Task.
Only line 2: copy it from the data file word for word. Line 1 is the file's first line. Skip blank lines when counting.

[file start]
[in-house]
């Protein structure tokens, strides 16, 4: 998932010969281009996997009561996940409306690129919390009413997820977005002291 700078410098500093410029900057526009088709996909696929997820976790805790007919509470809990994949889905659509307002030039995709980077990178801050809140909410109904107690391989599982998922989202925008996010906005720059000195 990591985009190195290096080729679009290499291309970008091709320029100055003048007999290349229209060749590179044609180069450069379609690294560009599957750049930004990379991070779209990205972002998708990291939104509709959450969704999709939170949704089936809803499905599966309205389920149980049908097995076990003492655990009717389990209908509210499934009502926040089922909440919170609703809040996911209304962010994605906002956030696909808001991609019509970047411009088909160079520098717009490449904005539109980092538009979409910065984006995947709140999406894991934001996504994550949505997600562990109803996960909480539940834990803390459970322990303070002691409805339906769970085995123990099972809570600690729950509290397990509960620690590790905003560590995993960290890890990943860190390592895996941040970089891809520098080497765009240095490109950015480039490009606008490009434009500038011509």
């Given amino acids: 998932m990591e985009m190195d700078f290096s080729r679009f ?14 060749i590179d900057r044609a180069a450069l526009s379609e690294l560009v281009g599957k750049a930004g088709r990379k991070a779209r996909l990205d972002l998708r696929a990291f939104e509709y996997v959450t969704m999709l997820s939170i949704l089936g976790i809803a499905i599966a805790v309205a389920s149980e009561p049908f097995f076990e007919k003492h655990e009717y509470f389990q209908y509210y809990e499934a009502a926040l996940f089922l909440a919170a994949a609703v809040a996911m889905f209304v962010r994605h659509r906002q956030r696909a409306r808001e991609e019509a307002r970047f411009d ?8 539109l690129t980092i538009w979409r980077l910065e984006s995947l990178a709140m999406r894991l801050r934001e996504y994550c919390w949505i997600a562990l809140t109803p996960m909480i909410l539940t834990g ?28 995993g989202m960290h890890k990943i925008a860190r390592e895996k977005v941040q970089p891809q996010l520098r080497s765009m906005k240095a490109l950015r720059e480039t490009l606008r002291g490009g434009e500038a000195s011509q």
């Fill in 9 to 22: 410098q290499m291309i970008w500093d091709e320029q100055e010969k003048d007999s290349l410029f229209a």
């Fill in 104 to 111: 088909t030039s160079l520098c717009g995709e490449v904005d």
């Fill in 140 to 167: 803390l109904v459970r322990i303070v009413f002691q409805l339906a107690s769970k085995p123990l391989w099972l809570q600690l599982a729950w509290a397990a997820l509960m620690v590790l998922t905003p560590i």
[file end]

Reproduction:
């Protein structure tokens, strides 16, 4: 998932010969281009996997009561996940409306690129919390009413997820977005002291 700078410098500093410029900057526009088709996909696929997820976790805790007919509470809990994949889905659509307002030039995709980077990178801050809140909410109904107690391989599982998922989202925008996010906005720059000195 990591985009190195290096080729679009290499291309970008091709320029100055003048007999290349229209060749590179044609180069450069379609690294560009599957750049930004990379991070779209990205972002998708990291939104509709959450969704999709939170949704089936809803499905599966309205389920149980049908097995076990003492655990009717389990209908509210499934009502926040089922909440919170609703809040996911209304962010994605906002956030696909808001991609019509970047411009088909160079520098717009490449904005539109980092538009979409910065984006995947709140999406894991934001996504994550949505997600562990109803996960909480539940834990803390459970322990303070002691409805339906769970085995123990099972809570600690729950509290397990509960620690590790905003560590995993960290890890990943860190390592895996941040970089891809520098080497765009240095490109950015480039490009606008490009434009500038011509």